Scientists in pursuit of novel materials have correlated insulating property of a twisted bilayer graphene with superconducting states. The researchers recently claimed to achieve a breakthrough by stacking two monolayers of graphene at a very specific angle called magic angle. The angle, estimated at θ = 1.1 ± 0.1, has remained elusive for long. Single layers of this two-dimensional material don’t exhibit the property of superconductivity. But a popular approach they call twistronics has enabled researchers to leverage amazing properties of two-dimensional materials. Now, this same concept has allowed scientists to achieve the magic angle between two layers of graphene. The angle is the key enabler of amazing properties in graphene.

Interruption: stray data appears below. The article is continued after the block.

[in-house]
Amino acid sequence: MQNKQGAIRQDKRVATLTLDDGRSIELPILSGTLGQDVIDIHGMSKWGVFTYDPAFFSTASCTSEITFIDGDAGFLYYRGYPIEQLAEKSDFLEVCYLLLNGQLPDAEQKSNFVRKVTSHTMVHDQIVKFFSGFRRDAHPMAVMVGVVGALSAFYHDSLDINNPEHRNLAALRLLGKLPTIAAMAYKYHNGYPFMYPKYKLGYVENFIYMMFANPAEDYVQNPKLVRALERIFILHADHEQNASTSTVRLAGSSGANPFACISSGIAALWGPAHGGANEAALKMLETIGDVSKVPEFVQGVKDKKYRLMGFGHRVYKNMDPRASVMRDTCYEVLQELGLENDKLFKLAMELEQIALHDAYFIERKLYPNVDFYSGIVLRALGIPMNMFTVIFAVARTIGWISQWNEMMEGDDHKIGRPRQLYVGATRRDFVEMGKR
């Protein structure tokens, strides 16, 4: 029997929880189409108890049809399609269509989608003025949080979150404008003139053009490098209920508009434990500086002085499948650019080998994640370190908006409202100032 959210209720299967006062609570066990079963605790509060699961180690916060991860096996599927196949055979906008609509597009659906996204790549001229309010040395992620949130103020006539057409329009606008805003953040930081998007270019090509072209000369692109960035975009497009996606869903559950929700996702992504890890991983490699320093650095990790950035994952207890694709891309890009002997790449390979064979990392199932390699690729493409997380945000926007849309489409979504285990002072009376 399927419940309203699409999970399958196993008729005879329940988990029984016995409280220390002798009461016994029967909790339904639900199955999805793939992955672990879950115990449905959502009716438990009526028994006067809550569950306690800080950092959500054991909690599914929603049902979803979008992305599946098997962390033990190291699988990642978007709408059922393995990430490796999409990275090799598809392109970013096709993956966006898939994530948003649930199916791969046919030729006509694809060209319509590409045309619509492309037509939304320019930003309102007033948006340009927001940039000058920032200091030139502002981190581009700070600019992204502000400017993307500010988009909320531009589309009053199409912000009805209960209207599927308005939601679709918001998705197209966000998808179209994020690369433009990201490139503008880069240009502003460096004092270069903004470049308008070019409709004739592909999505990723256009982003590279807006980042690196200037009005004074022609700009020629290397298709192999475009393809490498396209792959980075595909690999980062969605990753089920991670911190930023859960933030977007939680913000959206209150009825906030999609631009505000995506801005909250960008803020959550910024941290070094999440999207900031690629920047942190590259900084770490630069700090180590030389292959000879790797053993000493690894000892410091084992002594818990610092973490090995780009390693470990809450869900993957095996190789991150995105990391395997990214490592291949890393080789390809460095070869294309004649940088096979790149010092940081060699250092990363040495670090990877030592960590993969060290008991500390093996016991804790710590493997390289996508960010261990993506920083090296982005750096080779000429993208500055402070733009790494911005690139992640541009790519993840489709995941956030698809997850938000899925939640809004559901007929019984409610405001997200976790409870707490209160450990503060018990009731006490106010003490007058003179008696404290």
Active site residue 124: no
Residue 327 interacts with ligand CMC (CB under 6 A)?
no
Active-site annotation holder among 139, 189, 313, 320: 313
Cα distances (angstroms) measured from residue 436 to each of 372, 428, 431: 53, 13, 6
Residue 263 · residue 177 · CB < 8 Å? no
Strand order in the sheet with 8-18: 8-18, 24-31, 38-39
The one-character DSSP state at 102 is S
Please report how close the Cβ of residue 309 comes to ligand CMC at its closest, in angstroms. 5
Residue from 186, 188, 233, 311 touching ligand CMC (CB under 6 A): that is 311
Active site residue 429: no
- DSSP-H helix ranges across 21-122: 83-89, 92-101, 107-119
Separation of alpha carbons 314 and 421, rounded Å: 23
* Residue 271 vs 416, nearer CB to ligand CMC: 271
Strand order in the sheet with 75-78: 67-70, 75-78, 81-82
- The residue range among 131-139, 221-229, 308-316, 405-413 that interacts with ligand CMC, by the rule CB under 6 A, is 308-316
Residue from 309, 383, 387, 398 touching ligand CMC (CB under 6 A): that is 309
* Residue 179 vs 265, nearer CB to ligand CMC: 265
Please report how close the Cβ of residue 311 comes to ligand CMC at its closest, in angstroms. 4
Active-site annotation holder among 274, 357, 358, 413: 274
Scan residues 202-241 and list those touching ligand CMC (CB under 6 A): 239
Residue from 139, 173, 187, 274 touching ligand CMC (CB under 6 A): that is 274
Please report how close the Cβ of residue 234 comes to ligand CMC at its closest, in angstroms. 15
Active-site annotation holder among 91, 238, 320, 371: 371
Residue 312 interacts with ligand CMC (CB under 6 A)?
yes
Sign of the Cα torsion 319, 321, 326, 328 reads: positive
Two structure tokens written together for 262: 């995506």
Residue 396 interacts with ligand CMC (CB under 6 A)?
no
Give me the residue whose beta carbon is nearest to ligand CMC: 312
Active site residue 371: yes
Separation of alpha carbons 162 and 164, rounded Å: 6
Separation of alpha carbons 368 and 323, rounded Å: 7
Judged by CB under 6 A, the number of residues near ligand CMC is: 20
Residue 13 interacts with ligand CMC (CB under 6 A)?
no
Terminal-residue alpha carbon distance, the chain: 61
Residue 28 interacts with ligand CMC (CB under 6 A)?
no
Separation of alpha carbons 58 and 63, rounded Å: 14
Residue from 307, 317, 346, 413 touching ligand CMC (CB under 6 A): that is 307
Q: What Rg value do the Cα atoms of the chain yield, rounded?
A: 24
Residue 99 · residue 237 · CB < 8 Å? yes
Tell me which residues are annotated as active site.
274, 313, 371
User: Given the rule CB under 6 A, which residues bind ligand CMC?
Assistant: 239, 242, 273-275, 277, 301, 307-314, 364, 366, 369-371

Achieving Magic Angle in Graphene Layer No More Elusive
A team of researchers at The Ohio State University teamed with several other researchers and conducted a study on achieving the magic angle. They were able to demonstrate the superconducting property of twisted bilayer graphene. They found that to make the layer superconducting twisting at an angle of approximately 0.9 degrees could do the wonder. The study has paved way to new scientific investigations into using superconductors such as graphene for real-world applications.
The study helps the scientific community to observe new phenomena in twisted bilayer graphene and expand their understanding of the same. Superconductors made of this graphene layer hold great potential as a useful source of energy to power devices in commercial and industrial applications. Achieving the magic angle sooner was nothing short of a breakthrough. Soon the material will see real-world applications in the electrical transmission application and in powering trains and homes.